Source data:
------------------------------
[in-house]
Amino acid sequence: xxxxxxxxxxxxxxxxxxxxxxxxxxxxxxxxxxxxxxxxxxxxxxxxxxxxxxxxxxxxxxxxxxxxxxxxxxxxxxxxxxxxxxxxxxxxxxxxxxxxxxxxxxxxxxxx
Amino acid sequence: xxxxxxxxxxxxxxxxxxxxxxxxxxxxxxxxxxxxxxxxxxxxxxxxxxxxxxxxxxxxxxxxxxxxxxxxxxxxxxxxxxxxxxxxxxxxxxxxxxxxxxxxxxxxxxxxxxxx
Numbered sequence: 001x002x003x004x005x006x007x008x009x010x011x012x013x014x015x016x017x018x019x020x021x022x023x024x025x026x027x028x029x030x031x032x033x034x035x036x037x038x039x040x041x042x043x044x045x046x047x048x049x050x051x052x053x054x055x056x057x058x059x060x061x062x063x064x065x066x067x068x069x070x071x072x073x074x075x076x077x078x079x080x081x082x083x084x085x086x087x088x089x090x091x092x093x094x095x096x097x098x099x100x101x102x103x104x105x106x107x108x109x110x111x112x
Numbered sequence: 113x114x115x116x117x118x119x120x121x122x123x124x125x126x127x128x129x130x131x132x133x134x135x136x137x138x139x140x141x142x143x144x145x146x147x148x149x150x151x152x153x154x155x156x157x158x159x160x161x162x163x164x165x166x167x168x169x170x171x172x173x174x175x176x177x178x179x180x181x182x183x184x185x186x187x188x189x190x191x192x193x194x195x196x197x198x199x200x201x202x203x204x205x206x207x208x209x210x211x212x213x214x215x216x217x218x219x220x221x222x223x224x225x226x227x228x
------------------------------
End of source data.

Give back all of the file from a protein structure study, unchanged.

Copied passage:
[in-house]
Amino acid sequence: xxxxxxxxxxxxxxxxxxxxxxxxxxxxxxxxxxxxxxxxxxxxxxxxxxxxxxxxxxxxxxxxxxxxxxxxxxxxxxxxxxxxxxxxxxxxxxxxxxxxxxxxxxxxxxxx
Amino acid sequence: xxxxxxxxxxxxxxxxxxxxxxxxxxxxxxxxxxxxxxxxxxxxxxxxxxxxxxxxxxxxxxxxxxxxxxxxxxxxxxxxxxxxxxxxxxxxxxxxxxxxxxxxxxxxxxxxxxxx
Numbered sequence: 001x002x003x004x005x006x007x008x009x010x011x012x013x014x015x016x017x018x019x020x021x022x023x024x025x026x027x028x029x030x031x032x033x034x035x036x037x038x039x040x041x042x043x044x045x046x047x048x049x050x051x052x053x054x055x056x057x058x059x060x061x062x063x064x065x066x067x068x069x070x071x072x073x074x075x076x077x078x079x080x081x082x083x084x085x086x087x088x089x090x091x092x093x094x095x096x097x098x099x100x101x102x103x104x105x106x107x108x109x110x111x112x
Numbered sequence: 113x114x115x116x117x118x119x120x121x122x123x124x125x126x127x128x129x130x131x132x133x134x135x136x137x138x139x140x141x142x143x144x145x146x147x148x149x150x151x152x153x154x155x156x157x158x159x160x161x162x163x164x165x166x167x168x169x170x171x172x173x174x175x176x177x178x179x180x181x182x183x184x185x186x187x188x189x190x191x192x193x194x195x196x197x198x199x200x201x202x203x204x205x206x207x208x209x210x211x212x213x214x215x216x217x218x219x220x221x222x223x224x225x226x227x228x